MB: The introduction of the notion that farmers retain a certain percentage of what they produce could conceivably lead to a system where farming teams are able to retain a portion of however much they are able to produce, making incentives more robust. But how easy would it be for the government to ascertain the actual amount produced by farmers?

TM: This is well established and clear, as one would expect in a country that measures and controls everything. And where the culture dictates that the collective benefit is set above that of an individual, and was set out in detail by me in the 2008 Crop and Food Security Assessment Mission (CFSAM). But I was impressed with the system, and was left in no doubt that it worked well and fairly in practice. Generally speaking, agrarian societies the world over have sophisticated ways of measuring crop yields and the value of non-monetary inputs. This system has occasionally been abused on both sides, during the Stalinist era in Russia for instance, but there were repercussions for the abuse.

MB: In the agricultural reforms of China in the late 1970s some of the most northerly provinces, such as Heilongjiang, elected to retain greater collectivization on the basis that the hard, dry quality of soil demanded the more heavily mechanized production processes of larger groups.  Does this represent a recognized argument amongst modern agriculturists? If so, might it have any potential applicability to the DPRK today, in North Hamgyong province for example?

TM: I don’t know the answer to this one. There are strong arguments on both sides. The Heilongjiang argument was put forward before Albania turned its back on communism, but at independence each rural household re-established its old field boundaries within hours, and even took “their” bricks out of the communal buildings. In the DPRK I suspect this won’t happen. Cooperative farm managers are usually genuinely elected, or at least seem to be, and on the whole of the Korean peninsula respect for the commonly owned institution, whether that is the chaebol conglomerates in the ROK or the cooperative farm in DPRK, takes precedence over individual farm households.

Incidentally, “hard dry soil” sounds to me like a civil servant’s argumentsomething nebulous and easy to cite because no one is responsible for it. Lack of bank finance for small farmers to buy or rent farm machinery would be a more realistic reason.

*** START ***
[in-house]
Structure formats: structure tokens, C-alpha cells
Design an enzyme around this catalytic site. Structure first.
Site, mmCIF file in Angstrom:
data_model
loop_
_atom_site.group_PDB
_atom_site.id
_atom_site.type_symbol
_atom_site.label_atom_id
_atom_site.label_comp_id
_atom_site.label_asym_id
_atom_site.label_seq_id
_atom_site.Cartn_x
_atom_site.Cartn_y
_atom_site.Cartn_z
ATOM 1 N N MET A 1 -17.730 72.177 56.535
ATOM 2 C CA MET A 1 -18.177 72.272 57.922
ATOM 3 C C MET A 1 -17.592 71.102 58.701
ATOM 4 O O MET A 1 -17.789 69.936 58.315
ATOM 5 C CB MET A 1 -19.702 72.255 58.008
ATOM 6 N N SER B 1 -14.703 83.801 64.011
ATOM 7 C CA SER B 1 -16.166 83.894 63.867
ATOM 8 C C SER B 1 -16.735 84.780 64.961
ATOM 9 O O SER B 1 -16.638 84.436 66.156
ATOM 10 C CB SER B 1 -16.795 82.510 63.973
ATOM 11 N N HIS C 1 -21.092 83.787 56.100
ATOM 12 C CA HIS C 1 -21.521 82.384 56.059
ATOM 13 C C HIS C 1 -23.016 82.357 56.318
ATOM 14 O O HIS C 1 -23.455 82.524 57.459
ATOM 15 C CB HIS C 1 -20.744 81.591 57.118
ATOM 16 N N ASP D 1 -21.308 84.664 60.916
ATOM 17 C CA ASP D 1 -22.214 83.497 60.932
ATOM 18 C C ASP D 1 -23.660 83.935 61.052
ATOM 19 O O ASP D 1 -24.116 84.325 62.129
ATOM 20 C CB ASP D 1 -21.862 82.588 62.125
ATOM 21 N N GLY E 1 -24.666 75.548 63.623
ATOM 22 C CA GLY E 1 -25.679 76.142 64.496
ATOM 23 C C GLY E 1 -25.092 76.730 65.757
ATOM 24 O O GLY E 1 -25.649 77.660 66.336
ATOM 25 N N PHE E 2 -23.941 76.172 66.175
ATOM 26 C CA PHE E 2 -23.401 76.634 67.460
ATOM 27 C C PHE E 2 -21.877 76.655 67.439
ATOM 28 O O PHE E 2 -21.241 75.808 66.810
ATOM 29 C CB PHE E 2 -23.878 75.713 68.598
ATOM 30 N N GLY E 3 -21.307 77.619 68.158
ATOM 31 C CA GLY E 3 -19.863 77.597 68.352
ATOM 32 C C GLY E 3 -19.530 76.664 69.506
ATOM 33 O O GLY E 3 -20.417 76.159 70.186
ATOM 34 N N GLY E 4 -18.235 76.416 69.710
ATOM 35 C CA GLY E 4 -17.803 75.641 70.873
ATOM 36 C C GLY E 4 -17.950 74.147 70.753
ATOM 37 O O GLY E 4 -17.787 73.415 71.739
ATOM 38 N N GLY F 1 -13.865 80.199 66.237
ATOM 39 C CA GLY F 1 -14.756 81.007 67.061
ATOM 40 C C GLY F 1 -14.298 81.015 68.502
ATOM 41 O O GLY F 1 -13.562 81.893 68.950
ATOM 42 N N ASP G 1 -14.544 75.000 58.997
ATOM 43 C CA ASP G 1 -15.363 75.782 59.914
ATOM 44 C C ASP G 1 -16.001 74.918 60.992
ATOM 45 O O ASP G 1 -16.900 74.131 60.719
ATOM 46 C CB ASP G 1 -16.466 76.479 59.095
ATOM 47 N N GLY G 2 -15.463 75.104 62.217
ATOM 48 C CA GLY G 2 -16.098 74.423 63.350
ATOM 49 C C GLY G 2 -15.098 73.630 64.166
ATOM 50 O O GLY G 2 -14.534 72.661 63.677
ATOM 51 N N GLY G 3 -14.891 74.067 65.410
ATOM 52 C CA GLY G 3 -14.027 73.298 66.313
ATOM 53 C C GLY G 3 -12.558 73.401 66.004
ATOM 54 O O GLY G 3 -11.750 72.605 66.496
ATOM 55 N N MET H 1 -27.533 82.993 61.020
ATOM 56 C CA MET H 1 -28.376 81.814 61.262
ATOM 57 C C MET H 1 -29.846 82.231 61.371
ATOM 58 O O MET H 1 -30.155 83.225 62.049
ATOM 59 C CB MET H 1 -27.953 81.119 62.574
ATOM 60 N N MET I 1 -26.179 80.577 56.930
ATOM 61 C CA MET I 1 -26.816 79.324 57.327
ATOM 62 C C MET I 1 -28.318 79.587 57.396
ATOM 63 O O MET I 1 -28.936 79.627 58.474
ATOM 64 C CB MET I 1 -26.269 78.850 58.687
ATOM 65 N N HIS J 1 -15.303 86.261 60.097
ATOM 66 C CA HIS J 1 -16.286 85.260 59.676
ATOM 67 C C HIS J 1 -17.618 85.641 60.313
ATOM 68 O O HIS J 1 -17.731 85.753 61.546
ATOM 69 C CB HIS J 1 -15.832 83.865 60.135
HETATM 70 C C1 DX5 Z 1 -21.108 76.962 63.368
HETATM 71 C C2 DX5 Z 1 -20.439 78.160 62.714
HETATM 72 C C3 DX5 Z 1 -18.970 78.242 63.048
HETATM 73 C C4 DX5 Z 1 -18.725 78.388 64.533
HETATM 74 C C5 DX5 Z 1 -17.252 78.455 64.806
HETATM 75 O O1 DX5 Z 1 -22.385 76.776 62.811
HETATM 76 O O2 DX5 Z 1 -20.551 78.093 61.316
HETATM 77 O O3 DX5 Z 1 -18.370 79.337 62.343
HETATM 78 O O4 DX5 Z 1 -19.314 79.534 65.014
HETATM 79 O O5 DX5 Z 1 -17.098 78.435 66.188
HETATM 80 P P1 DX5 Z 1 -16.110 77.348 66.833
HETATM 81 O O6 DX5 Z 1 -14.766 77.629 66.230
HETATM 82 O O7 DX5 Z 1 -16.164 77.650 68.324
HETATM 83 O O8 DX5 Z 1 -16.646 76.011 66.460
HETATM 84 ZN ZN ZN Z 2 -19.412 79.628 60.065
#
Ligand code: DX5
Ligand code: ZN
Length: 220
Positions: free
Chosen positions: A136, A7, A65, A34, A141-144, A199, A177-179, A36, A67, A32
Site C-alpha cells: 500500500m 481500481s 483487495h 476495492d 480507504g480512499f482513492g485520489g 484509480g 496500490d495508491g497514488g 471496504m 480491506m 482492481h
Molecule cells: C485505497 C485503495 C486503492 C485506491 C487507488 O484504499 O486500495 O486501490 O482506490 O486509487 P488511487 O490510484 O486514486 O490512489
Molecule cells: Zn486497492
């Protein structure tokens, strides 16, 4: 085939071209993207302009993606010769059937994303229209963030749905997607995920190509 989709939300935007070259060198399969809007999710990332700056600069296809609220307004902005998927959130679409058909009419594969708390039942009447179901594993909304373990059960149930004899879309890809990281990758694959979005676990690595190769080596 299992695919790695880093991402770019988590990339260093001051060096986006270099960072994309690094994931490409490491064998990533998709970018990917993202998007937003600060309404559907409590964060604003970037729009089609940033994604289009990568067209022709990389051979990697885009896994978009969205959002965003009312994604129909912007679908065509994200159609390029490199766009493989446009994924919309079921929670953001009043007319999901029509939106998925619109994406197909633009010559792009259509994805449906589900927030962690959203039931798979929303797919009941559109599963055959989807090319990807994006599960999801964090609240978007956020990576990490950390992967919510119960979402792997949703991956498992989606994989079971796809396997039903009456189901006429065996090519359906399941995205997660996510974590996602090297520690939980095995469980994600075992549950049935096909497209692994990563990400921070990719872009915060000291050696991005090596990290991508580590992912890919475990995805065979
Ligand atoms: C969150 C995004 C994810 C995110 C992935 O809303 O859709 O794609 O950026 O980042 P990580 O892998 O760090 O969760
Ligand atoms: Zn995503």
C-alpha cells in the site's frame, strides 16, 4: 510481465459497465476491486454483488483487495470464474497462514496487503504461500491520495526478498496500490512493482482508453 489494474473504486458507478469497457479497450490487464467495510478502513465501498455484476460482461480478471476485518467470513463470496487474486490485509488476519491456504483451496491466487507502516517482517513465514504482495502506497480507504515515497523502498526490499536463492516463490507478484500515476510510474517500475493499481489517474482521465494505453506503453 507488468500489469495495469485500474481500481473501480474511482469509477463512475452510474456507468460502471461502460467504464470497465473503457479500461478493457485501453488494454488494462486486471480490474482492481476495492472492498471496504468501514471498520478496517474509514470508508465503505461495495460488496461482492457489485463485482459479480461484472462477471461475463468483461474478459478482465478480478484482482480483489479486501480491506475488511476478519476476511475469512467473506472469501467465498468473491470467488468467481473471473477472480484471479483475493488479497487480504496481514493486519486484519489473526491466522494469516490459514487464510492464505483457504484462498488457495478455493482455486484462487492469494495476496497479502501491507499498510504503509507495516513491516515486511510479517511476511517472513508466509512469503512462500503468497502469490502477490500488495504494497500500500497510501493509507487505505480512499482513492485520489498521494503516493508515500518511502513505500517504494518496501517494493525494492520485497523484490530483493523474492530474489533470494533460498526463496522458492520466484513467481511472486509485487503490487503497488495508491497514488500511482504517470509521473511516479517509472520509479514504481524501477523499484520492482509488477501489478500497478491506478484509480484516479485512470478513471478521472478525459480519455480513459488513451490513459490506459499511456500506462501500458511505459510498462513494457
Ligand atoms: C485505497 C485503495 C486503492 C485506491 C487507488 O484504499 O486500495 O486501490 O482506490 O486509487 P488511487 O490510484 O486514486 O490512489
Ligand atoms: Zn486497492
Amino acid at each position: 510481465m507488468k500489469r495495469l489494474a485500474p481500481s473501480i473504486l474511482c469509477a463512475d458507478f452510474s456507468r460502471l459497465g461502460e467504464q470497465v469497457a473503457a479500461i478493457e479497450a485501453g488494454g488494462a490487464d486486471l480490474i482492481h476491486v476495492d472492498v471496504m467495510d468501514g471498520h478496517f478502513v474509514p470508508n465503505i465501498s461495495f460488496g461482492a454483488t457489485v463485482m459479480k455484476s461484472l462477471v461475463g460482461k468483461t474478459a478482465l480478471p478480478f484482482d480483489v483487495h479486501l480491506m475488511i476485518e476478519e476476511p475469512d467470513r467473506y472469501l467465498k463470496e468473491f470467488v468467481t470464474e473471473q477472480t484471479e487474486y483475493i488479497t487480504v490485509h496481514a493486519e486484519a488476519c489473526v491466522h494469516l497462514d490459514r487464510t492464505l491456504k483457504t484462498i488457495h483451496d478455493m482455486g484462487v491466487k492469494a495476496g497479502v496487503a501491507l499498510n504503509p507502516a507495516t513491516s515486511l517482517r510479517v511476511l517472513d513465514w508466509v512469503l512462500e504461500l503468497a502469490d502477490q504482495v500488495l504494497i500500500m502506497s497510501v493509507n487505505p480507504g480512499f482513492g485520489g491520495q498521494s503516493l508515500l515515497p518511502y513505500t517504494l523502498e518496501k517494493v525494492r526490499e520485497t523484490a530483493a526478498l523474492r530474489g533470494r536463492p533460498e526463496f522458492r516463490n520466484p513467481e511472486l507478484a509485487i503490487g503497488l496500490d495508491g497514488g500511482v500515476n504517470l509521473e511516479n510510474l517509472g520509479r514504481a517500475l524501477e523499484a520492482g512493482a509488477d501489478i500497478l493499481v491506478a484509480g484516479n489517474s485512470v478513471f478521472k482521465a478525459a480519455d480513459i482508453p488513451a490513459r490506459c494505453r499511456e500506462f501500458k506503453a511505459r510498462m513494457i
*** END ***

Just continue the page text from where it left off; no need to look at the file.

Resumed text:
Until recently I was Non-Executive Director on the Board of a 74,000 hectare Ukrainian farming company. We paid monthly rents to a large number of small land owners so that we could cultivate their land consolidated into large fields using very big farm machinery. This provided optimum returns for the company and for the smallholders. It illustrates that, theoretically, there can be a hair’s breadth between farming under capitalism and under communism. But practically, only the capitalist model works in my view. This model is now common in Russia and Kazakhstan, as well as Ukraine. The army has similar scale operations in the DPRK.

I’ve referred above to the nationwide programme of field consolidation during the last decade. Officially it is to improve the efficiency of farm machinery operation, though more probably it was to erase old and formerly individually held farm boundaries. But the Japanese colonial archives probably have the old records. There is no doubt that there is huge (though of course never articulated) pressure from individual farm households to increase their 30 pyeong (about 100m²) private garden plots. Only naïve newcomers in the international aid community try to raise this point for discussion with the authorities who keep it firmly off the agenda. Under a freer rural economy there would probably be a readjustment of the balance between collective farms and private plots.